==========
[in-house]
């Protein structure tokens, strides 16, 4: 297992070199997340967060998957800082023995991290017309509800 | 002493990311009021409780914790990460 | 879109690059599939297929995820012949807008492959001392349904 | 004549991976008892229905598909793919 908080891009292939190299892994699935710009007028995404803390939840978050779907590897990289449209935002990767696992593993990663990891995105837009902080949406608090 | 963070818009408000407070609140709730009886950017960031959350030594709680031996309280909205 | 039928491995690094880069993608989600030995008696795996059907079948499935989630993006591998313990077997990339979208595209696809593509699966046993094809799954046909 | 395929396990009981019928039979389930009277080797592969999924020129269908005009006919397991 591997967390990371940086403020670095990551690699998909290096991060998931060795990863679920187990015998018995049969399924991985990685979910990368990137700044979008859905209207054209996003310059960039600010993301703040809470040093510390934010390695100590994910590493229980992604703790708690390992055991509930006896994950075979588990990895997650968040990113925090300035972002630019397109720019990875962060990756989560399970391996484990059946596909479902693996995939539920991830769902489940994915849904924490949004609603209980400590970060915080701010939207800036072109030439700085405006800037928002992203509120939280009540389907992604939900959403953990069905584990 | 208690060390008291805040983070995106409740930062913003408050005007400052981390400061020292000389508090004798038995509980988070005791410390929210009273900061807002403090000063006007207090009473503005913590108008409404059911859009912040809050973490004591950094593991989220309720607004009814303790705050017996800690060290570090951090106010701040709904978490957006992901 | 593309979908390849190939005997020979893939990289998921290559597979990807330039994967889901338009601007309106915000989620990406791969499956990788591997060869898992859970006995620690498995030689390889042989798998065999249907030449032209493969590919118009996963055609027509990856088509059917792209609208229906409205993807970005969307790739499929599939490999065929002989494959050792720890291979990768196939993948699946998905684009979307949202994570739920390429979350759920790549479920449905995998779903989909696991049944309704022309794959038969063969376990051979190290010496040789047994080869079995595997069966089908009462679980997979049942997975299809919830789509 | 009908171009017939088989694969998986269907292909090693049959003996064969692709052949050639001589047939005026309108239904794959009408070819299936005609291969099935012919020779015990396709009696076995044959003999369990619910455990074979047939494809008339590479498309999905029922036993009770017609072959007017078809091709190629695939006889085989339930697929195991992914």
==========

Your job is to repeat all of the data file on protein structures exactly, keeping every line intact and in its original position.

[in-house]
């Protein structure tokens, strides 16, 4: 297992070199997340967060998957800082023995991290017309509800 | 002493990311009021409780914790990460 | 879109690059599939297929995820012949807008492959001392349904 | 004549991976008892229905598909793919 908080891009292939190299892994699935710009007028995404803390939840978050779907590897990289449209935002990767696992593993990663990891995105837009902080949406608090 | 963070818009408000407070609140709730009886950017960031959350030594709680031996309280909205 | 039928491995690094880069993608989600030995008696795996059907079948499935989630993006591998313990077997990339979208595209696809593509699966046993094809799954046909 | 395929396990009981019928039979389930009277080797592969999924020129269908005009006919397991 591997967390990371940086403020670095990551690699998909290096991060998931060795990863679920187990015998018995049969399924991985990685979910990368990137700044979008859905209207054209996003310059960039600010993301703040809470040093510390934010390695100590994910590493229980992604703790708690390992055991509930006896994950075979588990990895997650968040990113925090300035972002630019397109720019990875962060990756989560399970391996484990059946596909479902693996995939539920991830769902489940994915849904924490949004609603209980400590970060915080701010939207800036072109030439700085405006800037928002992203509120939280009540389907992604939900959403953990069905584990 | 208690060390008291805040983070995106409740930062913003408050005007400052981390400061020292000389508090004798038995509980988070005791410390929210009273900061807002403090000063006007207090009473503005913590108008409404059911859009912040809050973490004591950094593991989220309720607004009814303790705050017996800690060290570090951090106010701040709904978490957006992901 | 593309979908390849190939005997020979893939990289998921290559597979990807330039994967889901338009601007309106915000989620990406791969499956990788591997060869898992859970006995620690498995030689390889042989798998065999249907030449032209493969590919118009996963055609027509990856088509059917792209609208229906409205993807970005969307790739499929599939490999065929002989494959050792720890291979990768196939993948699946998905684009979307949202994570739920390429979350759920790549479920449905995998779903989909696991049944309704022309794959038969063969376990051979190290010496040789047994080869079995595997069966089908009462679980997979049942997975299809919830789509 | 009908171009017939088989694969998986269907292909090693049959003996064969692709052949050639001589047939005026309108239904794959009408070819299936005609291969099935012919020779015990396709009696076995044959003999369990619910455990074979047939494809008339590479498309999905029922036993009770017609072959007017078809091709190629695939006889085989339930697929195991992914």